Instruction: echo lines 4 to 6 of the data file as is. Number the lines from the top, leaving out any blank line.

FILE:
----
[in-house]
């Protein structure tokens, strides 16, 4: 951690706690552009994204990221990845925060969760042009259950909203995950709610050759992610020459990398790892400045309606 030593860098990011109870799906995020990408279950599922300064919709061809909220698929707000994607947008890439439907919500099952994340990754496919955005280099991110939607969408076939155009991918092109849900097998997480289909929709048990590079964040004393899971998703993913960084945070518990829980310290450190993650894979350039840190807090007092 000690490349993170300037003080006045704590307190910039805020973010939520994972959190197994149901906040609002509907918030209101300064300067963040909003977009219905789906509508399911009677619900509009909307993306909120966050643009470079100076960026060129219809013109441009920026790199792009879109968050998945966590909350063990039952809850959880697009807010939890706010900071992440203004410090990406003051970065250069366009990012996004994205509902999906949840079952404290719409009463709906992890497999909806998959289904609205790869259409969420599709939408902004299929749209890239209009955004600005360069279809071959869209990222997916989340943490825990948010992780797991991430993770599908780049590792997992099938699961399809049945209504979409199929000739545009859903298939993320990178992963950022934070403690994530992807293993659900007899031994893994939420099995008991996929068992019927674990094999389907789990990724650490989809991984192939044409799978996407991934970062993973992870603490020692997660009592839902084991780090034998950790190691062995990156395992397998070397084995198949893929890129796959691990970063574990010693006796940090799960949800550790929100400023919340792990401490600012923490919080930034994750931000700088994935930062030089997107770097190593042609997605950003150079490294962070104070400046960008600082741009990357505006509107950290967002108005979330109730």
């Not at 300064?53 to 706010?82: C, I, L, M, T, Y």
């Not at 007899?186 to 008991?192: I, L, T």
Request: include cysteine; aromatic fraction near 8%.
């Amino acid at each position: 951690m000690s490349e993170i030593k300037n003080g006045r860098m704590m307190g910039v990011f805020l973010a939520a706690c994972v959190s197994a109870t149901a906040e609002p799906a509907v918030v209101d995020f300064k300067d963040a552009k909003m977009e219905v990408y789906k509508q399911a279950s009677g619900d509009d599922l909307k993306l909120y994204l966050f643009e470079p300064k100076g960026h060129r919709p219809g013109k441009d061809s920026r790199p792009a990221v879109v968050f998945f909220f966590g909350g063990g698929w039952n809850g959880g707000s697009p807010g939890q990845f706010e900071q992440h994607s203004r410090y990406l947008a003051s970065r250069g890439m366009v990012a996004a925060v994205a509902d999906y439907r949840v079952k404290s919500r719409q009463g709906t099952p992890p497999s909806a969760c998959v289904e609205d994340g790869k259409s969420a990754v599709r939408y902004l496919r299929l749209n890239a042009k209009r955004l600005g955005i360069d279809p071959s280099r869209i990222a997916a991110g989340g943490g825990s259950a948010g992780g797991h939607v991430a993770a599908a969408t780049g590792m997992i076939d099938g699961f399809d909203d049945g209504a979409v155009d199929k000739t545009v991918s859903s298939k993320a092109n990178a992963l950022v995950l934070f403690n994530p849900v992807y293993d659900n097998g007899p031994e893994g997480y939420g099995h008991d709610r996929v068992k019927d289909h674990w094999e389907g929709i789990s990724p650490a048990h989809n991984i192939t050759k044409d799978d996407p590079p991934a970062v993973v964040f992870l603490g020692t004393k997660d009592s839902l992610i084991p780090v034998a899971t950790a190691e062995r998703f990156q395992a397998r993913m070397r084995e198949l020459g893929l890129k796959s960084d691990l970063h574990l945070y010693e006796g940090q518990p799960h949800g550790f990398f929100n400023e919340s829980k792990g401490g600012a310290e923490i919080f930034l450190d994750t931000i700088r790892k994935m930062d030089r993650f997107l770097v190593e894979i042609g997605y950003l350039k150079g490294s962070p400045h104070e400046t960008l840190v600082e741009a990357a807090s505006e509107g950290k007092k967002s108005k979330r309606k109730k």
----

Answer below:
């Not at 007899?186 to 008991?192: I, L, T």
Request: include cysteine; aromatic fraction near 8%.
């Amino acid at each position: 951690m000690s490349e993170i030593k300037n003080g006045r860098m704590m307190g910039v990011f805020l973010a939520a706690c994972v959190s197994a109870t149901a906040e609002p799906a509907v918030v209101d995020f300064k300067d963040a552009k909003m977009e219905v990408y789906k509508q399911a279950s009677g619900d509009d599922l909307k993306l909120y994204l966050f643009e470079p300064k100076g960026h060129r919709p219809g013109k441009d061809s920026r790199p792009a990221v879109v968050f998945f909220f966590g909350g063990g698929w039952n809850g959880g707000s697009p807010g939890q990845f706010e900071q992440h994607s203004r410090y990406l947008a003051s970065r250069g890439m366009v990012a996004a925060v994205a509902d999906y439907r949840v079952k404290s919500r719409q009463g709906t099952p992890p497999s909806a969760c998959v289904e609205d994340g790869k259409s969420a990754v599709r939408y902004l496919r299929l749209n890239a042009k209009r955004l600005g955005i360069d279809p071959s280099r869209i990222a997916a991110g989340g943490g825990s259950a948010g992780g797991h939607v991430a993770a599908a969408t780049g590792m997992i076939d099938g699961f399809d909203d049945g209504a979409v155009d199929k000739t545009v991918s859903s298939k993320a092109n990178a992963l950022v995950l934070f403690n994530p849900v992807y293993d659900n097998g007899p031994e893994g997480y939420g099995h008991d709610r996929v068992k019927d289909h674990w094999e389907g929709i789990s990724p650490a048990h989809n991984i192939t050759k044409d799978d996407p590079p991934a970062v993973v964040f992870l603490g020692t004393k997660d009592s839902l992610i084991p780090v034998a899971t950790a190691e062995r998703f990156q395992a397998r993913m070397r084995e198949l020459g893929l890129k796959s960084d691990l970063h574990l945070y010693e006796g940090q518990p799960h949800g550790f990398f929100n400023e919340s829980k792990g401490g600012a310290e923490i919080f930034l450190d994750t931000i700088r790892k994935m930062d030089r993650f997107l770097v190593e894979i042609g997605y950003l350039k150079g490294s962070p400045h104070e400046t960008l840190v600082e741009a990357a807090s505006e509107g950290k007092k967002s108005k979330r309606k109730k």